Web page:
Volunteer with Boden
The Boden Institute’s Annie Simpson highlights successful studies involving volunteers, the challenges in recruiting volunteers and the benefits involved.
By Tim Groenendyk
Annie Simpson, Clinic and Clinical Trials Manager at The Boden Institute of Obesity, Nutrition, Exercise & Eating Disorders, said there are two main obstacles in volunteer recruitment for research studies.
“Firstly, recruiting the appropriate number of people for the trial, secondly having those people commit to a long term trial period.
“Getting someone to commit for that period can be very challenging and a lot of the trials are looking for very specific criteria as far as a patient’s health and measurements are concerned.
“To recruit people with those obstacles in our way is probably the most challenging aspect.”
These obstacles, however, definitely haven’t impeded successful studies at Boden, which use clinical research and trials to inform public health issues and health policy development.
“We did a massive trial with Weight Watchers. That was a global trial conducted in Australia, Germany and the UK.
“We needed 300 hundred volunteers for that trial to compare Weight Watchers against advice given by a GP.
“Not only did we have to recruit volunteers we had to recruit 100 GPs for the program as well.
“We performed the best out of the 3 countries as far as weight loss and also with retention - keeping participants in the study.
The study found that users of Weight Watchers lost more weight than those who sought advice from GPs.
A trial sponsored by the Korean Agro-fisheries corporation, comparing Korean and Western diets, was also successful, chiefly due to a high completion rate among the participants, many of whom were University employees.
“Which was great because we saw a lot of our colleagues losing a lot of weight,” said Simpson.
Another trial testing the weight loss drug liraglutide in a program called the SCALE study saw Boden performing the best out of five sites across Australia, not losing a single participant in 18 months despite other sites reaching a 50% drop out rate.
In recruiting volunteers Simpson explained that older participants make for better volunteers than younger ones.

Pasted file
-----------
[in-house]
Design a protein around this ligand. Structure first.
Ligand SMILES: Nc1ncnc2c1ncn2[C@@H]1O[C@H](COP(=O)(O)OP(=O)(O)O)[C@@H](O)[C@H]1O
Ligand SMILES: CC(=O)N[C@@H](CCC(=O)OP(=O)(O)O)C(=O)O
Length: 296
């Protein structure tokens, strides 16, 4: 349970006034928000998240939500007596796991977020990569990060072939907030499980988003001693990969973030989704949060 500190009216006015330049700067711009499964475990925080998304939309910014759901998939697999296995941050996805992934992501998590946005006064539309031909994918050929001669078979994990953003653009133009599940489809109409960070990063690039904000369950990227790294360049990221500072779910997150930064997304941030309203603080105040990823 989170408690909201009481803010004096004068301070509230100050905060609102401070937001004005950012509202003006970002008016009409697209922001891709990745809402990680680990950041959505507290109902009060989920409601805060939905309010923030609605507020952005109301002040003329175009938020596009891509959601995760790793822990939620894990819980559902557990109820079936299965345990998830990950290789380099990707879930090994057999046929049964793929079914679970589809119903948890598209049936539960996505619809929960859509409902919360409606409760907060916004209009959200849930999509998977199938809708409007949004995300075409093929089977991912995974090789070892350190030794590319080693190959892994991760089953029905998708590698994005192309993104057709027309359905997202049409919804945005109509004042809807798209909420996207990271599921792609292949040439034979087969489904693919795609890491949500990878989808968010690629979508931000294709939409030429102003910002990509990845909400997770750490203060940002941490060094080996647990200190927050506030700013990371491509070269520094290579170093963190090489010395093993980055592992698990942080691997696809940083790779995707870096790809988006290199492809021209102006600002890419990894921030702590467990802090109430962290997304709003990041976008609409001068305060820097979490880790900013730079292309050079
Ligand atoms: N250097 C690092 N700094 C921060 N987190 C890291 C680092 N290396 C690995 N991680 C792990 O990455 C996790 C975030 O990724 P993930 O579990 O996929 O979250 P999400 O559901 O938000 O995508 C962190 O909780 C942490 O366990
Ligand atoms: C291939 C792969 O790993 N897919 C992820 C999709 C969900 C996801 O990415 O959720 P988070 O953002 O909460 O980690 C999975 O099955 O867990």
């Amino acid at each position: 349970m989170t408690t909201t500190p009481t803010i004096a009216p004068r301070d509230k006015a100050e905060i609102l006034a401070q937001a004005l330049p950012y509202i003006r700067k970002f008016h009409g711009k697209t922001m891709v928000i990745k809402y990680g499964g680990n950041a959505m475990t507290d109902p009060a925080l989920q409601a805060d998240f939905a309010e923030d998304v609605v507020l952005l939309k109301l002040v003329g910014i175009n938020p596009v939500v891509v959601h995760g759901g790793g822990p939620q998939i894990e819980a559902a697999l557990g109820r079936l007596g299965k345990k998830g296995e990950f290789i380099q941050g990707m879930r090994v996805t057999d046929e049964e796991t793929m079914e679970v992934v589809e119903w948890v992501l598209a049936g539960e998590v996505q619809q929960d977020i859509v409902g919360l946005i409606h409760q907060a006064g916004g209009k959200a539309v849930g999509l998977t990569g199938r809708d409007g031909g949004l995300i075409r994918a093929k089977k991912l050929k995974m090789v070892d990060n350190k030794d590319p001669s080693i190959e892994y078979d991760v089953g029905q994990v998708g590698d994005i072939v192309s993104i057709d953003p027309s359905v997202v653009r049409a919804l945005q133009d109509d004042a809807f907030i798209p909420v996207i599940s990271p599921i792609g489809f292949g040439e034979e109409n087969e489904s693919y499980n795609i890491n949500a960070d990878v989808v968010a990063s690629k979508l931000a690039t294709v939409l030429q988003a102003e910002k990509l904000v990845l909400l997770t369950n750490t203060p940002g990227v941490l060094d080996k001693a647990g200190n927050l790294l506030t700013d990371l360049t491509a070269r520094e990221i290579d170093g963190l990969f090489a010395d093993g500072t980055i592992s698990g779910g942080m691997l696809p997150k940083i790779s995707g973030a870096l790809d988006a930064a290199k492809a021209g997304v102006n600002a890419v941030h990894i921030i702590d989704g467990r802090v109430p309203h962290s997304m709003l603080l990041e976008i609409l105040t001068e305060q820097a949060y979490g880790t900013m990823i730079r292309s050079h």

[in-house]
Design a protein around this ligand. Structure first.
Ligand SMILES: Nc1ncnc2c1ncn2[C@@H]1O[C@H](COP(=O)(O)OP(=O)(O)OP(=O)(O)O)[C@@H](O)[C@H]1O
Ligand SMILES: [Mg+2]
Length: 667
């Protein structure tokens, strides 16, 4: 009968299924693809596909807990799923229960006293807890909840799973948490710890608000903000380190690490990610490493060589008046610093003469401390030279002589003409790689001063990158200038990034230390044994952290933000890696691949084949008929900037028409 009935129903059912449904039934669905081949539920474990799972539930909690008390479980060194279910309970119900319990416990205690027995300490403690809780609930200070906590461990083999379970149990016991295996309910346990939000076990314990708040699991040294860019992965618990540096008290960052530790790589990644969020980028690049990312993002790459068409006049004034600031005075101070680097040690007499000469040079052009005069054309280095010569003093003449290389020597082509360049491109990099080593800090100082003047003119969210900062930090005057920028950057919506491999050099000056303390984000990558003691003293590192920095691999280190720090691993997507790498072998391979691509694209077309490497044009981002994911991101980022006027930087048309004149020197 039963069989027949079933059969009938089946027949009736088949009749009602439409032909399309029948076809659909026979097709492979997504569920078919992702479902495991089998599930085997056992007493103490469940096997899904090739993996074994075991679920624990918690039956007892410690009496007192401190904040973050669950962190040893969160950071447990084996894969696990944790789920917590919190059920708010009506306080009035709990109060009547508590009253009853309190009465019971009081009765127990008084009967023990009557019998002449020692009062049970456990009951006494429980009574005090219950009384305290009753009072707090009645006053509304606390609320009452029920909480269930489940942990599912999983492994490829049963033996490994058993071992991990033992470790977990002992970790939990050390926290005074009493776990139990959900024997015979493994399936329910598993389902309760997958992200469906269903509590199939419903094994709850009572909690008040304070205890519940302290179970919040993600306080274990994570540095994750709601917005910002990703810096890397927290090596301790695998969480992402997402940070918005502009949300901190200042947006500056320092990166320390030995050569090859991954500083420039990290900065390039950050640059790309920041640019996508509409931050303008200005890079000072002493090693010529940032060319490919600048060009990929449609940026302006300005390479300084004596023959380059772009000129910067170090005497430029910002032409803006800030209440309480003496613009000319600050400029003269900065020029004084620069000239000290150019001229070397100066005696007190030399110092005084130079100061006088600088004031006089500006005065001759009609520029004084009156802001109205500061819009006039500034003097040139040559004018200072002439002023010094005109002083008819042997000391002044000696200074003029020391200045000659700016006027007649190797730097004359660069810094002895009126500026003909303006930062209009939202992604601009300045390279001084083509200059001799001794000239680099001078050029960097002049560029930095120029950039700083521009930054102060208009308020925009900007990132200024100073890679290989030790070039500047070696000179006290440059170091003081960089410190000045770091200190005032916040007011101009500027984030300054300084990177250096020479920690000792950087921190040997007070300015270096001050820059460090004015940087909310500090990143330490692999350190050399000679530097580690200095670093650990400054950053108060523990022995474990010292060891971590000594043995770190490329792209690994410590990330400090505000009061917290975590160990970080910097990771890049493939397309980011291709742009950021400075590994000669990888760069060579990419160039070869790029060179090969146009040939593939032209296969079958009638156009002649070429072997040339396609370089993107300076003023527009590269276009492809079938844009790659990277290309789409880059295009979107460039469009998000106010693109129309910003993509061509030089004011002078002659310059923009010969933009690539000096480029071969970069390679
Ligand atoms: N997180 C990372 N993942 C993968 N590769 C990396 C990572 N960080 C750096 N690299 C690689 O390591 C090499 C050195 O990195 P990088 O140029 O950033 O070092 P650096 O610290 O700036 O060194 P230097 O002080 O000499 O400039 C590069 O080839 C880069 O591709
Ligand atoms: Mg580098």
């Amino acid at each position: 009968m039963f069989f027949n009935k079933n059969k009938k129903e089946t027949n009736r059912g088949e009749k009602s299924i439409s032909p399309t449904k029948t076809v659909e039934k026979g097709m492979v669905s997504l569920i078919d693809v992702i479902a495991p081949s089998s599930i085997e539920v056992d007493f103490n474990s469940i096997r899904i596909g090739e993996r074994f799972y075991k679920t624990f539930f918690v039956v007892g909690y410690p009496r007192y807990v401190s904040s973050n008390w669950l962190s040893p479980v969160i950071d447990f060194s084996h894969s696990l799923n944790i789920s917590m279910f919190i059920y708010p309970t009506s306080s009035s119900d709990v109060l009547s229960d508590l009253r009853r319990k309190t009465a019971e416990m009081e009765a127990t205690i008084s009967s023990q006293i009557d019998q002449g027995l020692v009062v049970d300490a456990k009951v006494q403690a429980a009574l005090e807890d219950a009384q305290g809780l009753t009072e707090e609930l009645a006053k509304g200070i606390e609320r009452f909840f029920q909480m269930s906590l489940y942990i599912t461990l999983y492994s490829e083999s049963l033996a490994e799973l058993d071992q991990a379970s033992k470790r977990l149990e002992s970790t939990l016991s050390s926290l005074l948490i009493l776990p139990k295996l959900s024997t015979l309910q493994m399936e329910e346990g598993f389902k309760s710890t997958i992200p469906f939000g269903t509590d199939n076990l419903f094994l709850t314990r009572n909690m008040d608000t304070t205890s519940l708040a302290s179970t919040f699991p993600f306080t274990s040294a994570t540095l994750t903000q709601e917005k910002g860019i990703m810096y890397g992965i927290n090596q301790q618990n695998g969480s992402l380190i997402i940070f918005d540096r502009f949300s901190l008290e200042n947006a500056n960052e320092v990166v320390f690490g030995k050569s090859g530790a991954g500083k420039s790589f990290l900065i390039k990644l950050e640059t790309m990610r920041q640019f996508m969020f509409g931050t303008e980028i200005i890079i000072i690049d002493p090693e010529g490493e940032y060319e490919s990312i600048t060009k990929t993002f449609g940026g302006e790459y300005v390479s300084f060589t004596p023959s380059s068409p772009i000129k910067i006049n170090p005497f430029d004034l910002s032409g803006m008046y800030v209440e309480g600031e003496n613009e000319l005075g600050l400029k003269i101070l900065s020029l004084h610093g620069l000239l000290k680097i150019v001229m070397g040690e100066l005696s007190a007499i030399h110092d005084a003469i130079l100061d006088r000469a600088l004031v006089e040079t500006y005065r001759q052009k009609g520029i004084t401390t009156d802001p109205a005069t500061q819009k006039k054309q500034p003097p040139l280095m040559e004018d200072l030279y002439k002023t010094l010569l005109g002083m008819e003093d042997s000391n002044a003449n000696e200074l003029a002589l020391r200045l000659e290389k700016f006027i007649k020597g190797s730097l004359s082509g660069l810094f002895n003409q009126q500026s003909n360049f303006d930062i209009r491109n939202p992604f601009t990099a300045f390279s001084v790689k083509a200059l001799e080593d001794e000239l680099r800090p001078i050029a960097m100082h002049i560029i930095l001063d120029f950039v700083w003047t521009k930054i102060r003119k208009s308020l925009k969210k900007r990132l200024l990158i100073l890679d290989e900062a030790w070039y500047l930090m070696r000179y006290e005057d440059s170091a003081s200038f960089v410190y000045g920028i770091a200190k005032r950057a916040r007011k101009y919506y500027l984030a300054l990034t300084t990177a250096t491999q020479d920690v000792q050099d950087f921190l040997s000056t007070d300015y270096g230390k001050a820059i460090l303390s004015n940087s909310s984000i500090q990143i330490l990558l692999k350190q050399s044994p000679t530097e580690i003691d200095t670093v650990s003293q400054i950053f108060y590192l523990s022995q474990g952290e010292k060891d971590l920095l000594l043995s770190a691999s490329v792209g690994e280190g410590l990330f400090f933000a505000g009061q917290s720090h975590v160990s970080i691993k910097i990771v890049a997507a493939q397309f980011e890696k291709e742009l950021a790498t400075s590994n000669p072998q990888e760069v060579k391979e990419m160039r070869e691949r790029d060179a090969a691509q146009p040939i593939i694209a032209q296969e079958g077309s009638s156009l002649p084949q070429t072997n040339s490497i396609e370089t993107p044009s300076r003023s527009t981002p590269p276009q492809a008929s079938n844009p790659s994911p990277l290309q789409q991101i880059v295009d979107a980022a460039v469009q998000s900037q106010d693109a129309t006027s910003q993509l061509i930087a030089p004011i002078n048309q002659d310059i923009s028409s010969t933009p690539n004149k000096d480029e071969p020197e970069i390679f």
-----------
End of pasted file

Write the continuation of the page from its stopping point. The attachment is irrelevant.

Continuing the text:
“Older people tend to be a bit more compliant because they can really see how their lifestyle is affecting their health.
“When you’ve got someone who is obese or overweight in their 20s and 30s you can’t quite see it in their pathology results yet.
“By the time they get to their late 30s you can start to see their cholesterol, glucose and liver function test abnormalities, because they are developing metabolic syndrome and or fatty liver disease.
“It’s always good to be able to eyeball something and say ‘look what your weight’s doing to you. If you carry on like this you are likely to develop diabetes, and be at increased risk of developing cardiovascular disease.’
Volunteers for clinical trials are expensive but Simpson argued that it’s even more expensive if they drop out, and it’s not very good for science.
“If we lose a lot of people it also means that the results we get are not statistically significant.
Furthermore, it’s worthwhile for volunteers to stick around for another reason: free health advice.
“Keeping people motivated - particularly when they’re not losing weight - and in the trial is another challenge, but we have a few things up our sleeves.
“We have nurses, doctors, dieticians, exercise physiologists constantly monitoring participants while they’re in the trial.
“So they’re getting free pathology, heart checks, weight-loss advice.
“Most importantly if they listen to the advice and they take it on board they can lose weight, improve their health, enjoyment of life and longevity.”